It is well worth it. And, it only gets better every day. It's amazing how much free internet you can get on the plains now. And, the truckstop.net and flyingJ programs are small fees, but work very well and have a lot of locations. Try it out....
Caution on Orinoco Gold cards -

Be careful not to get the a/b or a/b/g Gold combo card (anything with 'a' band) - these do NOT have the external antenna connection that Orinoco cards are known for. I made this mistake recently and was fortunate to exchange it for the b/g Gold card.
I think there are conflicts with the a/b and a/b/g band cards with Netstumbler as well - - - just got my Gold card/antenna last night ... can't wait to use it now ... my old Linksys card just didn't have the reception -

Also - be careful if you're getting a card on Ebay to buy one for your laptop and not for a desktop - I made that mistake and fortunately there was something wrong with the card and they could send me a laptop card instead - -
used my WiFi setup for the first time the last week or so and have been very happy with it. I can't pick up networks from as far away as I'd expected but still very nice. I seem to be able to find a network in every town I drive through, be it residential or commercial areas.
I'm a little confused - which Orinoco card is the one to get for a laptop ? - they show several on their web page :

I would recommend the Orinoco 11b Gold PC card. It does not support the 11g technology but I have found very few 11g WiFi networks. Although if you want the ability to access the 11g networks aswell I would say the 11 b/g Gold PC card would be the choice. Though I am not sure about the external antenna capabilities of the 11 b/g card. maybe someone else could expand on that.


Aren't most 11g routers backwards compatible to 11b? All the ones I have seen in the store are. B cards will work on a G network, but only at B speeds.
Another thing to keep in mind about B and G cards/routers is that the internet speed will only be as fast as the network's parent internet connection. That is, for all practical purposes, you won't see any difference in download/upload internet speeds between B and G networks.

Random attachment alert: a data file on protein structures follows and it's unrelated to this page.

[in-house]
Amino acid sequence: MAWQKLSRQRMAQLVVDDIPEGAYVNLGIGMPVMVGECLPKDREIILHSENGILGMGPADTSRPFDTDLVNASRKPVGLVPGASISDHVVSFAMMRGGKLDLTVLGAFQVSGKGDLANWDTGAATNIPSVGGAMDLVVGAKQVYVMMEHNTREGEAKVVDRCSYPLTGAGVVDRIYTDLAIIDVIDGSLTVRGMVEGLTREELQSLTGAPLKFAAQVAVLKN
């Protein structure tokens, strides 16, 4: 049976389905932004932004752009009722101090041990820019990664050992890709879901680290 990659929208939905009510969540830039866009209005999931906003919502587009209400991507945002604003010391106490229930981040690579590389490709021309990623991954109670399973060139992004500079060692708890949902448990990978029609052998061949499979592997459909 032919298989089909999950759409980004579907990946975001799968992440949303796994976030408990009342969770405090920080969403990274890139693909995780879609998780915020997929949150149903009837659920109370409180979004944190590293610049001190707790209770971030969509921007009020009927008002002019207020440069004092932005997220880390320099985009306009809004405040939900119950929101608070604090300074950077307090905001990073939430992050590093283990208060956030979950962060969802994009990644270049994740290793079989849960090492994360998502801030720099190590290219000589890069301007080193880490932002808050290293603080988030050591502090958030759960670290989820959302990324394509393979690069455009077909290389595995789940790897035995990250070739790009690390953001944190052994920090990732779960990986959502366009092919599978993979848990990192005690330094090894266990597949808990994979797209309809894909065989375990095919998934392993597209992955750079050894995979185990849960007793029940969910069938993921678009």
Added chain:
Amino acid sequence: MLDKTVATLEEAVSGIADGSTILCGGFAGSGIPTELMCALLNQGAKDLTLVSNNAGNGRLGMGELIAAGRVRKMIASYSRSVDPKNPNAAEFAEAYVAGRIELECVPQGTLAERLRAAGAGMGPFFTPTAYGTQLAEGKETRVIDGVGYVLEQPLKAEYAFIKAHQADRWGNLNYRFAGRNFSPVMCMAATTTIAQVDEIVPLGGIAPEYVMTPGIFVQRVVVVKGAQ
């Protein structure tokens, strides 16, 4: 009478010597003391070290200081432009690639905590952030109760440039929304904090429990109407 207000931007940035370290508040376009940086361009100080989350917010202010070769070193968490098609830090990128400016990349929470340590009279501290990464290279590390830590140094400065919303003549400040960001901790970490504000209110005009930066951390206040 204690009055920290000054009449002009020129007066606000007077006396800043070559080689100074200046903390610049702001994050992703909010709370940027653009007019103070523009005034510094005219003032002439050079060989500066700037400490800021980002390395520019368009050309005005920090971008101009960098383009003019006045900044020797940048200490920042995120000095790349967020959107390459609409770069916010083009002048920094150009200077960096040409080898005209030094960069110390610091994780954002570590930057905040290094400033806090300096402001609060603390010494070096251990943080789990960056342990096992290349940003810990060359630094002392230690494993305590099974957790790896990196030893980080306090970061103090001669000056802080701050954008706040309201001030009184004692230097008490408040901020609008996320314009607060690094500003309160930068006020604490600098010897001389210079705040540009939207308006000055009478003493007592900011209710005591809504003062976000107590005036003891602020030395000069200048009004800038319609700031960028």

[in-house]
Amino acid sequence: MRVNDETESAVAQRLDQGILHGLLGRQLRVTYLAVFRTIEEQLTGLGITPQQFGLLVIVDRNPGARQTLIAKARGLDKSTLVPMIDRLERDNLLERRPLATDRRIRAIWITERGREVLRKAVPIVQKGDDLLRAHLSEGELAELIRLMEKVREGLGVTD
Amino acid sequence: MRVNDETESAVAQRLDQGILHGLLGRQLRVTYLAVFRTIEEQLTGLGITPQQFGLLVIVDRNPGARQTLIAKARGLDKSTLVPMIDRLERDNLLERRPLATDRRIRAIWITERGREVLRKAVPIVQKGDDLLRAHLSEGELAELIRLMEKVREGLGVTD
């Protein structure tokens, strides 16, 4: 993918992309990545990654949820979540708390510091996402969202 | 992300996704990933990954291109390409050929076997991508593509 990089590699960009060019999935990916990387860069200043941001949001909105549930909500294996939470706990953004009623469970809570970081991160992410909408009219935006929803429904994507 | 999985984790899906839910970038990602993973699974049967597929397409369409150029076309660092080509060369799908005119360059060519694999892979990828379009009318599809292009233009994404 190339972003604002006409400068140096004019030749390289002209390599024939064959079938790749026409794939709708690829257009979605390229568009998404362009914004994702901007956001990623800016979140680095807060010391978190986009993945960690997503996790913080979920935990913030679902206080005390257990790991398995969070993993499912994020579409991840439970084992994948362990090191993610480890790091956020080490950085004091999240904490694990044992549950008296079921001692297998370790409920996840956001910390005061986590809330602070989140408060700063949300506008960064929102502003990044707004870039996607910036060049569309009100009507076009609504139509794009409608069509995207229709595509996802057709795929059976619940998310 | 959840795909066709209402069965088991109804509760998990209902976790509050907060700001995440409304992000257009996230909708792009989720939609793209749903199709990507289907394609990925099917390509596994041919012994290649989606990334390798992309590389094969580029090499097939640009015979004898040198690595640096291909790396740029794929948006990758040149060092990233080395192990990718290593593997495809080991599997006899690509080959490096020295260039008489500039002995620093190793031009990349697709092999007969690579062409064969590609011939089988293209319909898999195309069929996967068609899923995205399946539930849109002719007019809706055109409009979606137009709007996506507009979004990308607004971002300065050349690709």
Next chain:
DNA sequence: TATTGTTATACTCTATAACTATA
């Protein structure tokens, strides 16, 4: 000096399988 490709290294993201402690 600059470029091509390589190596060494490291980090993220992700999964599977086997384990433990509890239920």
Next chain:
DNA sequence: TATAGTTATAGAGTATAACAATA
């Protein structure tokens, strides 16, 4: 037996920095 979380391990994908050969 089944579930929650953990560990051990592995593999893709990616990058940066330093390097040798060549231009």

For instance, if the host network is on a 512Kbps DSL or cable connection, that's the maximum speed you'll get when you connect, both on a B or a G card. So, for now you can stick to the less expensive B adapters with no compromise in wireless internet performance. Even the fastest internet connections available today (and well into the foreseeable future) are far slower than the Wireless-B operating speeds.

For most people, there's no real advantage to having a G adapter over a B. Right now the only way to take advantage of the G networks' speed is for computer-to-computer file transfers on the same network (intranet file transfers).

For instance, if you're frequently moving things like 500MB - 1GB video files from your laptop to your desktop PC via wireless, then G is a big help.
Even the fastest internet connections available today (and well into the foreseeable future) are far slower than the Wireless-B operating speeds.

Assuming that you are not just referring to DSL/Cable access, the above statement is not correct. There are massive amounts of Internet bandwidth available in basically any speed you are willing to pay for. 802.11B will only give you an average throughput of about 6 Meg; ethernet, TCP, and radio overhead suck the rest.

Be well, TR